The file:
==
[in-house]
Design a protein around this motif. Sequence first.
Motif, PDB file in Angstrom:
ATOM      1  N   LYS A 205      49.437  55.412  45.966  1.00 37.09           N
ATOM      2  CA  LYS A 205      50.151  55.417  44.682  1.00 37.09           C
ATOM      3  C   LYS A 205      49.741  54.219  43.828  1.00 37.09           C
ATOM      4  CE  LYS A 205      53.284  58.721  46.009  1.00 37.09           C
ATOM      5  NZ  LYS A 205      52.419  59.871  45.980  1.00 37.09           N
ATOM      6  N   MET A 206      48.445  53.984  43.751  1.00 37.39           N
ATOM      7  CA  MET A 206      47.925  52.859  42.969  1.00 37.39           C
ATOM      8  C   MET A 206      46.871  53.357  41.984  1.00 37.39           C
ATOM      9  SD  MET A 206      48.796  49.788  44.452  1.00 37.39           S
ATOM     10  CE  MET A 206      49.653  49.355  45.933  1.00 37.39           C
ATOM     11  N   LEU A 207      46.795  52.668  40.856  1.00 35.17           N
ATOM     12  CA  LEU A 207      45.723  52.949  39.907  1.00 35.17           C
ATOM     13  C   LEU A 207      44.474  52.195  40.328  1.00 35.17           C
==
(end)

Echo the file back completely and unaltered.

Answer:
[in-house]
Design a protein around this motif. Sequence first.
Motif, PDB file in Angstrom:
ATOM      1  N   LYS A 205      49.437  55.412  45.966  1.00 37.09           N
ATOM      2  CA  LYS A 205      50.151  55.417  44.682  1.00 37.09           C
ATOM      3  C   LYS A 205      49.741  54.219  43.828  1.00 37.09           C
ATOM      4  CE  LYS A 205      53.284  58.721  46.009  1.00 37.09           C
ATOM      5  NZ  LYS A 205      52.419  59.871  45.980  1.00 37.09           N
ATOM      6  N   MET A 206      48.445  53.984  43.751  1.00 37.39           N
ATOM      7  CA  MET A 206      47.925  52.859  42.969  1.00 37.39           C
ATOM      8  C   MET A 206      46.871  53.357  41.984  1.00 37.39           C
ATOM      9  SD  MET A 206      48.796  49.788  44.452  1.00 37.39           S
ATOM     10  CE  MET A 206      49.653  49.355  45.933  1.00 37.39           C
ATOM     11  N   LEU A 207      46.795  52.668  40.856  1.00 35.17           N
ATOM     12  CA  LEU A 207      45.723  52.949  39.907  1.00 35.17           C
ATOM     13  C   LEU A 207      44.474  52.195  40.328  1.00 35.17           C